Synaptic resilience is associated with maintained cognition during ageing

Declan King, Kris Holt, Jamie Toombs, Xin He, Owen Dando, Judy Okely, Jamie Rose, Ciaran Gunn, Adele Correia, Carmen Montero, Jane Tulloch, Douglas Lamont, Adele Taylor, Sarah Harris, Paul Redmond, Simon R. Cox, Christopher Henstridge, Ian J Deary, Colin Smith, Tara Spires-Jones

Research output: Contribution to journalArticlepeer-review

Abstract / Description of output

Introduction
It remains unclear why age increases risk of Alzheimer's disease and why some people experience age-related cognitive decline in the absence of dementia. Here we test the hypothesis that resilience to molecular changes in synapses contribute to healthy cognitive ageing.

Methods
We examined post-mortem brain tissue from people in mid-life (n = 15), healthy ageing with either maintained cognition (n = 9) or lifetime cognitive decline (n = 8), and Alzheimer's disease (n = 13). Synapses were examined with high resolution imaging, proteomics, and RNA sequencing. Stem cell-derived neurons were challenged with Alzheimer's brain homogenate.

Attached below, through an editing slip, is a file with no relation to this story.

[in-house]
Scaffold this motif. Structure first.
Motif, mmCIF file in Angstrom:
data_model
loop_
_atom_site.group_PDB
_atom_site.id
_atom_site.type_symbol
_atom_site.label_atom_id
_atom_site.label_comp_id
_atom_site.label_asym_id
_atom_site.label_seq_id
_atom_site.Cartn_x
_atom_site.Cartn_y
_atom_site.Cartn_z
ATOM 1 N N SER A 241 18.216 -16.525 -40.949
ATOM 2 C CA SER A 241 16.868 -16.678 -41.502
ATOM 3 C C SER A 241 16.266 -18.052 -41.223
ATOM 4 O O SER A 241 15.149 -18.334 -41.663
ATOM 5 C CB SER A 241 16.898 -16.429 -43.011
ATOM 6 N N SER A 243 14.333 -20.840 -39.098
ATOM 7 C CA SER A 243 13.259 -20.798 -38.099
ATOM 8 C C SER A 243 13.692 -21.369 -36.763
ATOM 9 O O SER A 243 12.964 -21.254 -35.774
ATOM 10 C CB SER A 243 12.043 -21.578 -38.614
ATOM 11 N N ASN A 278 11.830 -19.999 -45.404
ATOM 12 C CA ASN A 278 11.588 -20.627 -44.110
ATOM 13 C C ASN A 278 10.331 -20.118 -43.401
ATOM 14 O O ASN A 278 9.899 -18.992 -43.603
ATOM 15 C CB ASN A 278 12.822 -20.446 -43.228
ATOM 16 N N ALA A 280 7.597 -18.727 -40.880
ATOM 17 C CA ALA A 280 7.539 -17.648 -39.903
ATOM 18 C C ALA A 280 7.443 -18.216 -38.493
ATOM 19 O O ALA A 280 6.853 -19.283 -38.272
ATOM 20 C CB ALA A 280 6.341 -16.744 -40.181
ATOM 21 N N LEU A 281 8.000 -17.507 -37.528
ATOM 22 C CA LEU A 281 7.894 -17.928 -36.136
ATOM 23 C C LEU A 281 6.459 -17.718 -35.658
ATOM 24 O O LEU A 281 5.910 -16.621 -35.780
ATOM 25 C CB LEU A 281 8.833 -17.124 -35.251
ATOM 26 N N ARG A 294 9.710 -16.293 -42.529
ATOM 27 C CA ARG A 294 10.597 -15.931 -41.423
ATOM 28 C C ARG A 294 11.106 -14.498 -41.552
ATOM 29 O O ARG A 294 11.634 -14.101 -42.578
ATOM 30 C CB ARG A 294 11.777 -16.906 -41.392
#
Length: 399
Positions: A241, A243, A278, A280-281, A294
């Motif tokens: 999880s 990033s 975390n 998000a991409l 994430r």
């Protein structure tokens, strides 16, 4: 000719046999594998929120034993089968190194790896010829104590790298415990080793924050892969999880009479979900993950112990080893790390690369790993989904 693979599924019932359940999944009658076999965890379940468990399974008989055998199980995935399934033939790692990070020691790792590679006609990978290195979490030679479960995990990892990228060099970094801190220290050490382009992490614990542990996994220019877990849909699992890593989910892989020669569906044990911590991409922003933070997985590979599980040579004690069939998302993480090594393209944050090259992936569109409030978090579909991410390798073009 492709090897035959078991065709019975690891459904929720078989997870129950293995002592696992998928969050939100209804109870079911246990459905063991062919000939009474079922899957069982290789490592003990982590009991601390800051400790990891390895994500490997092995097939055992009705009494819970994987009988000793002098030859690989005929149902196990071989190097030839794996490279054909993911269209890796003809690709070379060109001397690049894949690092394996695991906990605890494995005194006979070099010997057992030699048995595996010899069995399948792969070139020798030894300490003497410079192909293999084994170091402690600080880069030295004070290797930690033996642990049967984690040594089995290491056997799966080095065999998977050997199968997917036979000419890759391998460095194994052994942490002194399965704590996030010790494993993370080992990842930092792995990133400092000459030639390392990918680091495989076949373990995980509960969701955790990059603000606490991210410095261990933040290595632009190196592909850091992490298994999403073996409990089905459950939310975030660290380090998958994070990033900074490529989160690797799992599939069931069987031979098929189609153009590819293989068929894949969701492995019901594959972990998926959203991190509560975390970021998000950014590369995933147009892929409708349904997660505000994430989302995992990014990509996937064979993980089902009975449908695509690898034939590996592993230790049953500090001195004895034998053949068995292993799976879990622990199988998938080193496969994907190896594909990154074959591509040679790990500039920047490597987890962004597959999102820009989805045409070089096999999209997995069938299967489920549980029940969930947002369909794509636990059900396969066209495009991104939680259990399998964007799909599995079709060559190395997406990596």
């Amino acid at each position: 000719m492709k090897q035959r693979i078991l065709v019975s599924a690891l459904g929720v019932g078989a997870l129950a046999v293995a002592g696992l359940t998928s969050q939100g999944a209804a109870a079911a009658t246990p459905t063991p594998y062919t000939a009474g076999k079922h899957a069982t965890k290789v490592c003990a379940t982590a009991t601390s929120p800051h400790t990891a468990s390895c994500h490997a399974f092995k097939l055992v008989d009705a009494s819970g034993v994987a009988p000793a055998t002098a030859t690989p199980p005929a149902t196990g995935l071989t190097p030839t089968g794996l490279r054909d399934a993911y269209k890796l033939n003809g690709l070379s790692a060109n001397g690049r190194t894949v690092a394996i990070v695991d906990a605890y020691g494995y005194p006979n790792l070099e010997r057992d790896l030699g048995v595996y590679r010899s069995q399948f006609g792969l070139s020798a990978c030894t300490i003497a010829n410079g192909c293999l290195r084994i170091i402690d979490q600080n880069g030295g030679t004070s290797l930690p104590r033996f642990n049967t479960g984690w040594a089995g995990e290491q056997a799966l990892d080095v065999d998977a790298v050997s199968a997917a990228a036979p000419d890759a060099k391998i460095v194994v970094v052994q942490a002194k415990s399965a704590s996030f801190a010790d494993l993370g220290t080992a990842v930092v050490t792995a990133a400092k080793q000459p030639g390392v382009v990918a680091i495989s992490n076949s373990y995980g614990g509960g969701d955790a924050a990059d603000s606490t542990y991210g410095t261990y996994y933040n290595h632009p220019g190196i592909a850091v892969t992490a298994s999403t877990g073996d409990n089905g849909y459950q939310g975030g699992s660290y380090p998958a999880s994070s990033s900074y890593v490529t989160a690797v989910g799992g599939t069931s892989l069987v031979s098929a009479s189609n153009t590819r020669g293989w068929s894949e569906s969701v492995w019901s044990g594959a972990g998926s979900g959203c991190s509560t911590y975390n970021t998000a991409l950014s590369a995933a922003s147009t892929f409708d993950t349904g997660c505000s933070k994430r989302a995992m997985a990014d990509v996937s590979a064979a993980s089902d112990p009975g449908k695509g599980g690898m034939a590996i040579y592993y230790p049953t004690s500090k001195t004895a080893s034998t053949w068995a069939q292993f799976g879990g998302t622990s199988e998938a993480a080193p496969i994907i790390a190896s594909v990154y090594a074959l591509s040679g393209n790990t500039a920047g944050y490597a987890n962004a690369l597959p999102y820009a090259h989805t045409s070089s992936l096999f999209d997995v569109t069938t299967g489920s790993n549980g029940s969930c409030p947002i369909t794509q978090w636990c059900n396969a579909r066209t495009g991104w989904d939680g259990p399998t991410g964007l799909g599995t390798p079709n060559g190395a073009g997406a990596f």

Results
Synaptic pathology increased, and expression of genes involved in synaptic signaling decreased between mid-life, healthy ageing and Alzheimer's. In contrast, brain tissue and neurons from people with maintained cognition during ageing exhibited decreases in synaptic signaling genes compared to people with cognitive decline.

Discussion
Efficient synaptic networks without pathological protein accumulation may contribute to maintained cognition during ageing.
Original languageEnglish
JournalAlzheimer's & Dementia: The Journal of the Alzheimer's Association
Early online date22 Dec 2022
DOIs
Publication statusE-pub ahead of print - 22 Dec 2022

Fingerprint

Dive into the research topics of 'Synaptic resilience is associated with maintained cognition during ageing'. Together they form a unique fingerprint.

Cite this